Update 10:35 p.m.:BART unions issue late-night rant, read below.
Update, 5:47 p.m.: BART describes the rejected package. Read update at the bottom of story.
Original story 5 p.m.: Apparently, BART's hired-gun Tom Hock was doing a better job in Disneyland.
Representatives of the workers' union SEIU 1021 just now issued a press statement saying they will strike at midnight tonight, which means no trains rattling through your neighborhood tomorrow -- and no easy ride to work.
And, as the July strike illustrated, it will also mean greater air pollution, a sudden boon for privatized transportation services, and a hit to the local economy.
"Time and time again, after we made a concession, management would move the goal posts, including now--after reaching a general agreement on economics--demanding changes in work place rules that have historically protected workers from issues like abuse of power, unfair treatment and sexual harassment," SEIU 1021 President Roxanne Sanchez wrote in the union's press release.
Evidently, the battle has veered toward minutiae; the unions say both sides are squabbling over workweek scheduling and rules.
Meanwhile, BART's general manager Grace Crunican struck back with her own press statement, in which she outlined the package deal that wasn't.
"The package is a 3% raise per year for a total of a 12%, with a chance to earn up to $1000 a year if ridership grows. It calls for contributions of 4% for pension and 9.5% for medical." She adds that such concessions aren't just generous, they're good for both sides.
Federal mediators have said publicly that there's nothing more for them to do. Let's just hope they catch BART to the airport before midnight.
If you need to get across the Bay tomorrow, BART is offering limited charter bus service from 9 East Bay stations. There are also several carpool lanes available for high-occupancy vehicles, as well as bike routes provided by East Bay and San Francisco Bicycle Coalitions.
Of course, we recommend telecommuting, because if BART's striking, you should, too.
Update: SEIU Local 1021 Executive director Pete Castelli issued the following statement at 10:15 p.m.:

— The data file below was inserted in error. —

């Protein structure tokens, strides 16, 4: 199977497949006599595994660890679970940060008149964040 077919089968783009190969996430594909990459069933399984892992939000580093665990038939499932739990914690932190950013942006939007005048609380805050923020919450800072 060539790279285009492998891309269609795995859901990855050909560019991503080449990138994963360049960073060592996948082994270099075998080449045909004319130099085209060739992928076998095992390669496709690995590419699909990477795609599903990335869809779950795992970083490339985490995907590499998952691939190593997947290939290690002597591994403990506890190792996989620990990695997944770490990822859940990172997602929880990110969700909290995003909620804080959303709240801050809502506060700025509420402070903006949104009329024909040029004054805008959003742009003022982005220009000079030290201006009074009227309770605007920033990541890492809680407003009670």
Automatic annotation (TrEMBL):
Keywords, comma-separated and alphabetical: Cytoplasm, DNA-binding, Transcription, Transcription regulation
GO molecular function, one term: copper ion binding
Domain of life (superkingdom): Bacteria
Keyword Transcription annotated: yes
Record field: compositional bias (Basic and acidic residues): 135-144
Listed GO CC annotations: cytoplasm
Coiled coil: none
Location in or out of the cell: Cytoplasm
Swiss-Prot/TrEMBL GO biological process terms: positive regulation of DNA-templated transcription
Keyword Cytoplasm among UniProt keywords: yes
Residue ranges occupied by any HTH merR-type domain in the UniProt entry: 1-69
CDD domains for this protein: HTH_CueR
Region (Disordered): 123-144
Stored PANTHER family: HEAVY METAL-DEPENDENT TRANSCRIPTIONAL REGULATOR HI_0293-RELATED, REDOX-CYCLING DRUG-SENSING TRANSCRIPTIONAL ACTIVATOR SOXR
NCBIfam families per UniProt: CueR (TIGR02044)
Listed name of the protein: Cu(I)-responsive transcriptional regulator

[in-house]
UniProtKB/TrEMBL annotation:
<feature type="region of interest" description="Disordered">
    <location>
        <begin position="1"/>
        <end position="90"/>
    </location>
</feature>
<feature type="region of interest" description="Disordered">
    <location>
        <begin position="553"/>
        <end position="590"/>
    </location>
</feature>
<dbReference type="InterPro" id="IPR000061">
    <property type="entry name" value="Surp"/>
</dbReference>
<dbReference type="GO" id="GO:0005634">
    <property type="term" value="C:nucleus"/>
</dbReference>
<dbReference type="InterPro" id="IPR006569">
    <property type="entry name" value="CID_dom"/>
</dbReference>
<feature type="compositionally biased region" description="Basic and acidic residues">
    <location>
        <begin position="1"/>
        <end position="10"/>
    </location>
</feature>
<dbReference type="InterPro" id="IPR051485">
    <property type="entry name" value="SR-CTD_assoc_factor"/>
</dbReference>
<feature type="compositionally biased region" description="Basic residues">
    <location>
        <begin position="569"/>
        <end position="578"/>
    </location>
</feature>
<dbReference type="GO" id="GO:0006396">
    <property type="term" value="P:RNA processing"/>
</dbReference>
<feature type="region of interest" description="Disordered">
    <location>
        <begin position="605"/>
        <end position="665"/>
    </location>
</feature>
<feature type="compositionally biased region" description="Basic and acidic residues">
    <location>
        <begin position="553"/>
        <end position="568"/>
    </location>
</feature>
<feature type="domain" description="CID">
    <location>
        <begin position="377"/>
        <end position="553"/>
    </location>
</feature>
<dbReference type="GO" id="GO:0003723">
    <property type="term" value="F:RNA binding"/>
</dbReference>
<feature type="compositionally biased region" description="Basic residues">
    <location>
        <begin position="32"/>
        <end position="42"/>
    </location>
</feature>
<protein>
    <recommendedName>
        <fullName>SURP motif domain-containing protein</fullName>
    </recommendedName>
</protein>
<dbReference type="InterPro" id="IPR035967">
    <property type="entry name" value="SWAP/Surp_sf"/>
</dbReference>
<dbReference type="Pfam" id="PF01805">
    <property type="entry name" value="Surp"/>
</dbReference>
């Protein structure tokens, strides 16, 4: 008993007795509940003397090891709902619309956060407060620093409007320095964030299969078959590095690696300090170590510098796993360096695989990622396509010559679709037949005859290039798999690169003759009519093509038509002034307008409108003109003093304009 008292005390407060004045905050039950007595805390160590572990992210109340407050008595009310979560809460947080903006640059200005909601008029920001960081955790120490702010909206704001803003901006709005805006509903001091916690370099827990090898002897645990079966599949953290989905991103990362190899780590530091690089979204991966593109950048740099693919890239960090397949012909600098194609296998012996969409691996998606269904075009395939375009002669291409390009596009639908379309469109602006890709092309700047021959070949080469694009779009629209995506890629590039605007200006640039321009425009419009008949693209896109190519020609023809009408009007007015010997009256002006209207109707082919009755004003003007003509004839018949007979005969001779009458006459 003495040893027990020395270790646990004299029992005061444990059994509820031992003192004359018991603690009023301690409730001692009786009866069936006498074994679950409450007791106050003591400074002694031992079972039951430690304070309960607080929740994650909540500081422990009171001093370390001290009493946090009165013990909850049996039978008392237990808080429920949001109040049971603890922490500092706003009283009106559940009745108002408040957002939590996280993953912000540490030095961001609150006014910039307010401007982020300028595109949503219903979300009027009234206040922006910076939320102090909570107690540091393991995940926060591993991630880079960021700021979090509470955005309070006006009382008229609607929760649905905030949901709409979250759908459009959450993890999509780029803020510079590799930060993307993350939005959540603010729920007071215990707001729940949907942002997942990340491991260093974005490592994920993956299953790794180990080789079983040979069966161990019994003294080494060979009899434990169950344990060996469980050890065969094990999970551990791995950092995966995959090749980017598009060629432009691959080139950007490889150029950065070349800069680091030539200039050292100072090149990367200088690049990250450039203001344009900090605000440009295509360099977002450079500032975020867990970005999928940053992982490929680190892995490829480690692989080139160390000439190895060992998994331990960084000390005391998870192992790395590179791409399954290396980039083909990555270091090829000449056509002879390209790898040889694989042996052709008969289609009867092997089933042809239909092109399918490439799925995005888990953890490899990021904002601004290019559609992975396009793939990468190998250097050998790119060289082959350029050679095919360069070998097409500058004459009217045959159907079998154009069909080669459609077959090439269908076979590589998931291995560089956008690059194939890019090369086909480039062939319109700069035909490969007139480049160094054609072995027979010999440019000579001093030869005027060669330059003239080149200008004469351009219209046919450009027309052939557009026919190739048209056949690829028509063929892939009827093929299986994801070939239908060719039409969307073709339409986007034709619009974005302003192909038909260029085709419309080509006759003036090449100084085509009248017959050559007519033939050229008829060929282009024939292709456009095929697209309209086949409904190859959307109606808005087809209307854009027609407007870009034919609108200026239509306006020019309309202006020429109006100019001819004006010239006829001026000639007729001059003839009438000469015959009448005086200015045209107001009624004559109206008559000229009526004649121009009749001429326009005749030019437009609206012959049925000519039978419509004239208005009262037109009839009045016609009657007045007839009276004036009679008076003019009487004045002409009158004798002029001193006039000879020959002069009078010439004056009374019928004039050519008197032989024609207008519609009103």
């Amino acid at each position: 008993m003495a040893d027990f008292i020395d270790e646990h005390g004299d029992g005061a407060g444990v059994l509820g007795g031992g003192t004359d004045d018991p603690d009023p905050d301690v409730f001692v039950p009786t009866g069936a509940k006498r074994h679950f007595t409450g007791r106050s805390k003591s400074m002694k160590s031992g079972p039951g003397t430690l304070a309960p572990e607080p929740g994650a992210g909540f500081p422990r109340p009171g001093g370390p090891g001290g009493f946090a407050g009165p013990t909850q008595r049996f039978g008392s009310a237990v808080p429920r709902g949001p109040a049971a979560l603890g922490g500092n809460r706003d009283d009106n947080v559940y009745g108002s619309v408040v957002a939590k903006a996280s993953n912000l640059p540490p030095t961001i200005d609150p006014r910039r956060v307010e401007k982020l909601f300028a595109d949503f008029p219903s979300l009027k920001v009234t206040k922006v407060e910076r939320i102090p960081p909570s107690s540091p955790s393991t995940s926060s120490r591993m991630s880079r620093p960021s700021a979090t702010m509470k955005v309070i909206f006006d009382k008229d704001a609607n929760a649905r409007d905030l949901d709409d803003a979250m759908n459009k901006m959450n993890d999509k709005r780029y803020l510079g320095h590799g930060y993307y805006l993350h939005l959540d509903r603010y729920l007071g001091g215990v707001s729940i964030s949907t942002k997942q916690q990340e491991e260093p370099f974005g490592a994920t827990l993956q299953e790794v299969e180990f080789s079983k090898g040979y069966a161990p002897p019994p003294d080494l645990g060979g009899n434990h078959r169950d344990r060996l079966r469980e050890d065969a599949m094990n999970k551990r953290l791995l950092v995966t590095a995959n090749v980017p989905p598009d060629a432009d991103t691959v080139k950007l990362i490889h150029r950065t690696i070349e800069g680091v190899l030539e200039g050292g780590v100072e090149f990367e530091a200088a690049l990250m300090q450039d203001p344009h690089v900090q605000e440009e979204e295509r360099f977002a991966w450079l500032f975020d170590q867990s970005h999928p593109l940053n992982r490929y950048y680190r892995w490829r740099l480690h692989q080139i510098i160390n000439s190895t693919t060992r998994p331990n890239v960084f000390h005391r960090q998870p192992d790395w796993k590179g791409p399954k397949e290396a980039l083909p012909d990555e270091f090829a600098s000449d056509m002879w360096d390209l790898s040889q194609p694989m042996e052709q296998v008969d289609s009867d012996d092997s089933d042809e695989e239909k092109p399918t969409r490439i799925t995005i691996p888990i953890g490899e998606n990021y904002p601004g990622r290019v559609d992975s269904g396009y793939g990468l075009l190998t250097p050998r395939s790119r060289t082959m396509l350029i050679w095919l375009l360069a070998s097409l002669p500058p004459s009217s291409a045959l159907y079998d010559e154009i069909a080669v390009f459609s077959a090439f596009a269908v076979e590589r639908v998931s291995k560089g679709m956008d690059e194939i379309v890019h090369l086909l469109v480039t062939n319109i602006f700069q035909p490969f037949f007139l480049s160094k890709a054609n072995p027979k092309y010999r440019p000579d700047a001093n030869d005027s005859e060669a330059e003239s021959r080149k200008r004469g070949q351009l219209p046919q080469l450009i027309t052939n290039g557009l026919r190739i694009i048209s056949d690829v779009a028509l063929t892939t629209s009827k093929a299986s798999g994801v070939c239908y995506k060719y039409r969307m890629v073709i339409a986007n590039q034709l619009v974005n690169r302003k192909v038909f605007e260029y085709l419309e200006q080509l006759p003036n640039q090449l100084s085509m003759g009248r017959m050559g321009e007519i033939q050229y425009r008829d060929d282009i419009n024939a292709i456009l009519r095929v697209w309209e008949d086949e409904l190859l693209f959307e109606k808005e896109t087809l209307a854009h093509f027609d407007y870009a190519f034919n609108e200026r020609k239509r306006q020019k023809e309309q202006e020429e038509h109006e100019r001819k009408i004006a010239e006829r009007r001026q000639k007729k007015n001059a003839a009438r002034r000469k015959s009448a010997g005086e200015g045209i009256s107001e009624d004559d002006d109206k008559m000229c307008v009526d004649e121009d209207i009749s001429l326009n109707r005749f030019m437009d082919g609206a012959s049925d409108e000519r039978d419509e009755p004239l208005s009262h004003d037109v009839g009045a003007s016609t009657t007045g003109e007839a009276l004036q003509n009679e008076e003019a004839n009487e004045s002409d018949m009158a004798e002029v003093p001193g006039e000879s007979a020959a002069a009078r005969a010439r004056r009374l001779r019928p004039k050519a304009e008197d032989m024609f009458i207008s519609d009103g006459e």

I'm surprised and sorry to be standing here tonight. In all my years in the Labor movement, I've never seen an employer drive negotiations that were this close to a deal into a strike. After a marathon 28-hour bargaining session, BART's two largest unions thought they had the final framework for a deal.
We met BART's demands on pensions.
We met BARTs demands on health care benefits.
We had the outline of a deal on wages.
We offered to send unresolved work rule issues to voluntary binding interest arbitration.
But after telling the public that their main goal at the bargaining table was saving money to buy new trains, BART management blew up negotiations by insisting that employees sacrifice workplace protections in exchange for economic well-being. This was a poison pill for workers: choose between your paycheck and your rights.
We had a rough deal on economics. We can't believe BART is willing to incite a strike over their professed desire to implement an electronic pay stub system and handheld computers in the workplace.
This is ridiculous.
BART became the top-rated transit system in America with its current work rules.
BART increased ridership from 270,000 riders to 400,000 riders per day with its current work rules.
What's more, BART never focused on performance or efficiency issues during bargaining and repeatedly acknowledged that productivity in the system had increased. The fact is that the system is carrying more passengers than ever with fewer frontline workers than ever.
The rules we're focused on protect basic rights. Like the 8-hour workday. Like past practice language that protect our workers from punishment and retribution when they report favoritism, sexual harassment and other problems in the workplace.
In the end, we're willing to let a neutral third-party arbitrator help both sides work through the differences on work rules and reach final agreement on the economic package discussed on the last 28-hour bargaining session.
Despite reports that BART General Manager Grace Crunican and Board Chair Tom Radulovich are trying to meet with our union, I want to confirm that neither has contacted me nor the other top staff of the union to restart talks since bargaining broke up this afternoon.